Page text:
We reported earlier that our chain hooks matched the strength of the high test (G4) chain, and we did testing to verify this assertion. However, when doing preliminary testing we made an assumption that the load will be applied in the same plane as the hook: sample chain hook test. In other words we tested without chain as you see here…
However when the hook is loaded with chain the chain loads the hook not only in tension but also introduces as bending load, so we had to retest the hooks, the new loads data takes account of this asymmetric loading and thus had to be down graded. Loads currently published on the website reflect Independent tests by SGS using chain integrated with the hooks.
To date we did not hear of any any reports of failed Mantus Chain Hook, this is after being 3 years on the market with thousands of hooks sold.
Mantus Hook Strength Ratings
|Hook Size||WLL||UBS||Shackle (Size)||Recommended Bridle Rope|
|1/4 in (6-7mm)||1074 lbs||4,294 lbs||3/8 in or 7/16 in Shackle||1/2 in|
|5/16 in (8mm)||1,878 lbs||7,511 lbs||7/16 in Shackle||5/8 in|
|3/8 in (10mm)||2,215 lbs||8,859 lbs||1/2 in Shackle||3/4 in|
|1/2 in (12-13mm)||3,442 lbs||13,767 lbs||5/8 in Shackle||1 in|
The safety factor we use to determine the safe working load is 4, where other manufacturers use the safety factor of 3 or lower thus UBS is the best way to compare strength between products.
For comparison here is a chart of the relative strengths of other hooks available on the market.
Table: Stainless Hooks Breaking Strength as reported by manufacturers
|Wichard||3,520 lbs||5,280 lbs||6,600 lbs|
|Mantus||4,294 lbs||7,511 lbs||8,859 lbs||13,767 lbs|
|Victory Hook||No Data Published||No Data Published||No Data Published||No Data Published|
|Ultra Chain Grabber||7,000 lbs||7,000 lbs||11,000 lbs||17,600 lbs|
|C.S Johnson||No Data Published||No Data Published||No Data Published||No Data Published|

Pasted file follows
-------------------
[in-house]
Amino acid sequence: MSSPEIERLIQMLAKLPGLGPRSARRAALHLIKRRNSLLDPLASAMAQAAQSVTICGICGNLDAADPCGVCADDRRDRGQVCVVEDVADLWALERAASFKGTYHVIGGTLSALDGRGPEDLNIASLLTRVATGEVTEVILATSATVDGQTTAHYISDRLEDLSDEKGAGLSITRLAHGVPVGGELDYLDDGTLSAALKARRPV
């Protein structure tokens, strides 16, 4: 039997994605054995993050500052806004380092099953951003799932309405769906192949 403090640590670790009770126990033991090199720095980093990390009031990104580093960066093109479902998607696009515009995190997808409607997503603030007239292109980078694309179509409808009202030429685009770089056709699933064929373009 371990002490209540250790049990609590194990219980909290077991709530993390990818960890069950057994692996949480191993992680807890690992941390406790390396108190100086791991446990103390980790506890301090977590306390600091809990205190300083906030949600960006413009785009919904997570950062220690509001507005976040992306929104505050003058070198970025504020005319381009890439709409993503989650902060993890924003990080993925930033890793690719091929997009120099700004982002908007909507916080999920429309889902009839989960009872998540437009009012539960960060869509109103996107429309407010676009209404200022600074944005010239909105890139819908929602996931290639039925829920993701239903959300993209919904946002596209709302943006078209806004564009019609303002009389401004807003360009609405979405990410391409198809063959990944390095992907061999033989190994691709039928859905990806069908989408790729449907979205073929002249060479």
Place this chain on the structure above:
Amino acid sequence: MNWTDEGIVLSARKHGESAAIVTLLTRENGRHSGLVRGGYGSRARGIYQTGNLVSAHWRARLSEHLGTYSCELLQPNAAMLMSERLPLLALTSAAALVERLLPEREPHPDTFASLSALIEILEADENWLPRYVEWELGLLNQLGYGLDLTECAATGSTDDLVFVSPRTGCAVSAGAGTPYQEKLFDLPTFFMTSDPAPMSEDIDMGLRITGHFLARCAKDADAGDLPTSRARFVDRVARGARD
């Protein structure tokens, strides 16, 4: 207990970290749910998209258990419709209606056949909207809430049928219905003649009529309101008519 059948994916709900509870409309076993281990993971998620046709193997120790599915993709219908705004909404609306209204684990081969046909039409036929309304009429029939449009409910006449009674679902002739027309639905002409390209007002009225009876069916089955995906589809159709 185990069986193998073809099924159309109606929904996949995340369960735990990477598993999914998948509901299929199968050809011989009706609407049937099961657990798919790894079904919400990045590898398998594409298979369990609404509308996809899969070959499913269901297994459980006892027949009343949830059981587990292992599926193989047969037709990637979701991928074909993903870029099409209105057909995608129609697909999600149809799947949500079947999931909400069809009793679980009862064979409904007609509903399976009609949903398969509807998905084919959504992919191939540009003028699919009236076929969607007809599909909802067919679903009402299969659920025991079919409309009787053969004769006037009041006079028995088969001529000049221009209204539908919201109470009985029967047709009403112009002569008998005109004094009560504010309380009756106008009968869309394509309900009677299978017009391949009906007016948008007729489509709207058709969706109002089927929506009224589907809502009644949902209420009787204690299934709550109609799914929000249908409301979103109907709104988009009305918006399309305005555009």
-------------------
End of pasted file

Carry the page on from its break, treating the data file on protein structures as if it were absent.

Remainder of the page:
|Seadog||4,630 lbs||6,830 lbs||8,800 lbs||16,200 lbs|
|Suncore||No Data Published||No Data Published||No Data Published||No Data Published|
Why we think its acceptable to use a stainless steel hook inline with a snubber/bridle?
One first look one might make an argument that stainless steel hooks are too weak to use for snubbers and bridles especially when using hi test chain. But let us examine how snubber is stressed and how these loads differ from the ones chain experiences in the absence of the snubber. For examples lets assume we have a 40 foot boat and according to ABYC loads table at 42 knots of wind we can expect a load of 2400 lbs on our anchor rode, and a load of 4800 lbs at 60 knots of wind. A typical 40 foot sailboat will be outfitted with 5/16 chain WLL 1900 lbs and breaking strength of 7600 lbs. So why does the chain have to be so strong? Shock loads produced without the use of the bridle or a snubber can produces loads on the chain that are 3 times (or more) the average load experienced by the chain. The ABYC table already includes the shock loads in their calculated values (no snubber), so in this worst possible situation in a 60 knot blow load on the chain is estimated to be around 4,800 and the chain with the UBS of 7600 lbs will likely survive the storm even without the bridle/snubber. This is why chain is tasked with having the breaking strength to 4 times the recommended working limit, and if we were using the hook to connect two pieces of chain the same requirement would necessitate.
However, the very fact that we are using the hook to connect a snubber to the chain these shock loads are to be dissipated by snubber and the snubbing hook will never see the loads the chain can see when used without shock dampening. The maximum loads on the rode are reduced as much as three fold with the use of a 30 foot bridle as the shock loads are absorbed. So a 40 foot boat in 62 knots of wind using a snubber will see loads of around 1600 lbs, well below the working load limmit for the 5/16 Mantus Chain Hook 1,878 lbs (UBS 7,511 lbs).
When an argument is made that the chain hook weakens the chain, the answer is yes if it is used a to connect two chains together or is used to shorten the chain without a snubber. With the use of properly sized snubber one should never even approach the breaking strength of the chain as exemplified above.
What gives our hook an advantage over competition is it is easy to take one and off and yet it positively locks onto the chain. In a storm a dislodged hook could be a disaster… or try to pay out chain in a storm when the hooks keeps falling off is at best frustrating and possibly dangerous. So we are still of a firm opinion that Mantus Hooks is the best pick for a serious cruiser outfitting his/her boat.
Greg Kutsen, Co-Founder, CEO, CTO of Mantus Anchors.